Few people think about scripture as literary drama. Often when I hear scripture read in churches I’m amazed that we can make such an exciting, life-changing story sound so dull and boring. One of my seminary professors said there’s no worse sin than to make the gospel boring.
Our gospels are more than religious writings; more than good theology. They’re also really good literature. This month at Trinity Fusion our guest will be John Collier who will talk about his lifelong passion for community theater. We’ll also look at Jesus’ parables as drama. Not many people know that, in the first century in the Mediterranean world, people didn’t just listen quietly. Audiences weren’t passive. They would enter into the action; they’d gesture and shout things out. I imagine if we did that today not as many people would fall asleep in church!
Join us for Fusion on Monday, March 18, at 6 p.m. Bring your story; bring you into a welcome space to connect, discover and grow. Check out the Fusion Facebook page for more details: https://www.facebook.com/events/782213388828582/
Growing up I remember visiting a museum (might have been the Smithsonian). I saw a display with prehistoric skulls with holes in the skulls. Archaeologists call this trepanning. They have varying theories as to the reason for trepanning. But one of the explanations I recall reading at the museum is that these individuals may have suffered from severe headaches attributed to evil spirits and that those within their villages believed that boring a hole through their skull would provide an opening for the evil spirit to escape. (I know; crazy, right?) I don’t remember much of what I saw in museums growing up, but I have never forgotten that display. As I moved into my teen years I developed migraine headaches and from time to time reflected on the fact that, had I lived in prehistoric times, I very likely may have been judged as demon possessed and someone would have carved a hole in my head… Which would be about as helpful as – well, a hole in your head!
In such primitive times, gods or demons were considered the cause of any unexplained phenomenon. It was a rather superstitious, magical world folks lived in and I’m thankful we now have the benefit of things like MRI’s, cultures, vaccines and blood panels. But sometimes I’m not so sure we’ve made a huge amount of progress with regards to mental health issues, especially in the church. Take depression, for example. Sometimes those within the church treat others who struggle with depression as if they are somehow spiritually deficient. They should pray more and keep a Gratitude Journal… neither of which is likely to make a dramatic change in brain chemistry. Don’t get me wrong; I’m a big proponent of prayer and counting our blessings. But medication or therapy can also be God’s answer to our prayers… and not everything that goes wrong in this life gets fixed in this life.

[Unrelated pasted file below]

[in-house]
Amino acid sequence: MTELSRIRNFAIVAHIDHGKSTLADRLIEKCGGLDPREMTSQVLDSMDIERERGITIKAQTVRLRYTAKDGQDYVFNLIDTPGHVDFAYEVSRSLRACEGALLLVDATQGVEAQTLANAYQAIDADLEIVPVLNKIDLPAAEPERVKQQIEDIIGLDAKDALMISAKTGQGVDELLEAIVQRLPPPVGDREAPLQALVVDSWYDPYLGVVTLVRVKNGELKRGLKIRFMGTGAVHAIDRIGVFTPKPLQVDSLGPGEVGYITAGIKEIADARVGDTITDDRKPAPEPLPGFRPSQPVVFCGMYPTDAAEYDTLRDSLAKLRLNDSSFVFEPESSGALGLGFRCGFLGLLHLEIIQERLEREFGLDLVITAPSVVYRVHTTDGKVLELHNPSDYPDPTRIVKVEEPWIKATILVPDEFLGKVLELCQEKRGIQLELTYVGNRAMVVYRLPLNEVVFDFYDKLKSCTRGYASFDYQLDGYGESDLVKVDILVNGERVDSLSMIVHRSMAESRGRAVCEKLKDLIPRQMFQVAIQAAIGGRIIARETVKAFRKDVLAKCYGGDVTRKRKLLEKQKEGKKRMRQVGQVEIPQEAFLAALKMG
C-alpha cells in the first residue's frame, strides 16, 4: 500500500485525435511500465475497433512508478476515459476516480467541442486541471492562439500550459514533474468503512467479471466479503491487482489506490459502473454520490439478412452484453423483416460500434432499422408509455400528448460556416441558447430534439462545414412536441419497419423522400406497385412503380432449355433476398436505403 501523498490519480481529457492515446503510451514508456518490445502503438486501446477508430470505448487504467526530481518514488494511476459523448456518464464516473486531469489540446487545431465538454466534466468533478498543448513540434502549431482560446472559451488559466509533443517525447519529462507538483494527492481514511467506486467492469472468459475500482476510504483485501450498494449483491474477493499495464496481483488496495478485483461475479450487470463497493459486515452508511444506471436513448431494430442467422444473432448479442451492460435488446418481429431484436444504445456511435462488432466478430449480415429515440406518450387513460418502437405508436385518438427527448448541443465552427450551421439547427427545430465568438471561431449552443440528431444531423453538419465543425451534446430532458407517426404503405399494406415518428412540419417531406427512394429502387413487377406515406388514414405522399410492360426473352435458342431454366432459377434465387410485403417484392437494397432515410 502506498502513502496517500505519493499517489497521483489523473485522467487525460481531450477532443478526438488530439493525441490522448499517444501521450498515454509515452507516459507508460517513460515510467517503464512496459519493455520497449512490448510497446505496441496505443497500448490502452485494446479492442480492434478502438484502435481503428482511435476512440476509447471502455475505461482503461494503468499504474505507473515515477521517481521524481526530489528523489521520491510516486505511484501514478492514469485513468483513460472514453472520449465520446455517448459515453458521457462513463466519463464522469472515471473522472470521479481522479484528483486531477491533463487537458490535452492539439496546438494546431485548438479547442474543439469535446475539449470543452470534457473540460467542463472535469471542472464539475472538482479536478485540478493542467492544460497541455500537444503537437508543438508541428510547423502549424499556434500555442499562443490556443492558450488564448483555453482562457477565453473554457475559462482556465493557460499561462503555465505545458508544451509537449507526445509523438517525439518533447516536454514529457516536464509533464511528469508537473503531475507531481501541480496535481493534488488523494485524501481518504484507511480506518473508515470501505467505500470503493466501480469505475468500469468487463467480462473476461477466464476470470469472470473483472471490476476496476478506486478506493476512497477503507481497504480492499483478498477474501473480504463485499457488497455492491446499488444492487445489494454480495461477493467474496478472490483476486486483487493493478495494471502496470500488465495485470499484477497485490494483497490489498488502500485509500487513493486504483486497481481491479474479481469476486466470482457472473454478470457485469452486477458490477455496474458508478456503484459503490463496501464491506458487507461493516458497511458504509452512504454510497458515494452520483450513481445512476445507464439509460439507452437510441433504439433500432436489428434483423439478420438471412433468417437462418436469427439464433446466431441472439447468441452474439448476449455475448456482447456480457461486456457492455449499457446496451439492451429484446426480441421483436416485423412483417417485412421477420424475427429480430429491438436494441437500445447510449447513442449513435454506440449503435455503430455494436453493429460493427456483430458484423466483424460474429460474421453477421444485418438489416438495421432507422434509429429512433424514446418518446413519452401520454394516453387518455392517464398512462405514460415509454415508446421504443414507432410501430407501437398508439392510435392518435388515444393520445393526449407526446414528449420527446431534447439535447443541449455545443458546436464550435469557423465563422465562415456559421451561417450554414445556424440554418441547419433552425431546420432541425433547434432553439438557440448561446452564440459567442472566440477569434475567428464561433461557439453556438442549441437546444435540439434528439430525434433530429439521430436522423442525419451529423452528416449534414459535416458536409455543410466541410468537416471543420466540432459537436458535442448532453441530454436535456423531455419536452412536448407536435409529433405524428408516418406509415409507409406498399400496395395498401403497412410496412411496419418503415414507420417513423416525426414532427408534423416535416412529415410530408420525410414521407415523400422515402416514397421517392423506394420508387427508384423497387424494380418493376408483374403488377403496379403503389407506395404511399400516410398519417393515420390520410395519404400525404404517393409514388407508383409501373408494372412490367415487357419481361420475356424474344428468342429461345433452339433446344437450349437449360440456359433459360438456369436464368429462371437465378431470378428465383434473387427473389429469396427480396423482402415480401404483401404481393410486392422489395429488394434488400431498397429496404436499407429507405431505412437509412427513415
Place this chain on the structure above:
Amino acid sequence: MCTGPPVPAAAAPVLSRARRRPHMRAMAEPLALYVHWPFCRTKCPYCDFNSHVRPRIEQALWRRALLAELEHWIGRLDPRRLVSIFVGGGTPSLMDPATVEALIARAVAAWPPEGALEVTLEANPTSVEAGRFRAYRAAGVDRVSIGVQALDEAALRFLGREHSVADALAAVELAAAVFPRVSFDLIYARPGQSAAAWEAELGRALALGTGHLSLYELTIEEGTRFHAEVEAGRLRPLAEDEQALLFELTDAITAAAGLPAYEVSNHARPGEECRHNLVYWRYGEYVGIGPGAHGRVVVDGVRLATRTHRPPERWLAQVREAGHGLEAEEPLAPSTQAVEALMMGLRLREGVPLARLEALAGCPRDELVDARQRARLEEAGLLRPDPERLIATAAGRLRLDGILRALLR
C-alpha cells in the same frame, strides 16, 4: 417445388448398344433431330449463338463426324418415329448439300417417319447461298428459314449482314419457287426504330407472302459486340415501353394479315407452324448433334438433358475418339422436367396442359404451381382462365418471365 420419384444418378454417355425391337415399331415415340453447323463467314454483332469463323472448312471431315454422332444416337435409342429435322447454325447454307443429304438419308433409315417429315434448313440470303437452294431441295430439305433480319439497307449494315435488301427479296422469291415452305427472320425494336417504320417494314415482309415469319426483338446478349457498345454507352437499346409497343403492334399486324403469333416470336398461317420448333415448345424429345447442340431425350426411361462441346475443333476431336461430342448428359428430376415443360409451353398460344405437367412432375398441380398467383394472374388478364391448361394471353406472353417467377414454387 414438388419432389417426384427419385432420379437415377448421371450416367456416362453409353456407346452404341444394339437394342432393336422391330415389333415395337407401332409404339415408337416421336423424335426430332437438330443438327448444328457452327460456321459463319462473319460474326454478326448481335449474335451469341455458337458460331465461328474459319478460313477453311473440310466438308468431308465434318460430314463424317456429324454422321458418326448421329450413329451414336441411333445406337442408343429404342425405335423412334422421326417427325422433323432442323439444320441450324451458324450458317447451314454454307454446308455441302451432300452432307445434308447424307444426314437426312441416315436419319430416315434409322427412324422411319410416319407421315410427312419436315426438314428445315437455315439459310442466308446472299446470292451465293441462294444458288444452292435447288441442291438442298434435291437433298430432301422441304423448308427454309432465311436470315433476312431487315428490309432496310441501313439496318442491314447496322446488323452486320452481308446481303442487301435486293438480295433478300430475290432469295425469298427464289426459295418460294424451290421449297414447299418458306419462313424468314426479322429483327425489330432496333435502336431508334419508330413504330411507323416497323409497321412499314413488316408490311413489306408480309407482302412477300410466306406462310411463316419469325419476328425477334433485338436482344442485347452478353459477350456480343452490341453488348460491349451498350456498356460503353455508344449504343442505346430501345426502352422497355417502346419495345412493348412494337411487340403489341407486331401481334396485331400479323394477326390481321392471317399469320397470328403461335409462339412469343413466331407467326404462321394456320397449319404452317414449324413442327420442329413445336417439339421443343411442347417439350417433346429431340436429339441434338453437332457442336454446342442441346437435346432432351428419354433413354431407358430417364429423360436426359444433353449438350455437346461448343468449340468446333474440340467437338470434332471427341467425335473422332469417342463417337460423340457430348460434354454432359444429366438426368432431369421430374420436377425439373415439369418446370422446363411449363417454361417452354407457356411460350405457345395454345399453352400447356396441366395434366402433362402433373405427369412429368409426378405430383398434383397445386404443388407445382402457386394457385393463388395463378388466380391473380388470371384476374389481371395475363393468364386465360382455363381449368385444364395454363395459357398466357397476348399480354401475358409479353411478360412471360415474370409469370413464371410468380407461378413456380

Sometimes I wonder if individuals with mental illness or physical disabilities simply cause us fear with regards to our own well-being. Perhaps we don’t want to consider our own vulnerabilities and want to believe that faith and prayer are a kind of talisman to protect us from anything that might go wrong (modern day “magic”).
But when we rush to judgments or practice avoidance or refuse to talk about or think about issues of mental health, it’s not healthy, it’s not loving… and it’s not even Church. Church should be a place where we can share our struggles and face our fears together. Church should be a place of compassion and honesty. That’s what Jesus was about.
At our February Trinity Fusion, we’ll engage in some open, honest dialogue about mental health and how to support those who struggle with mental health issues. We’ll consider how the Church can follow the example of Jesus and respond to those with mental health issues with the honesty and compassion of Christ.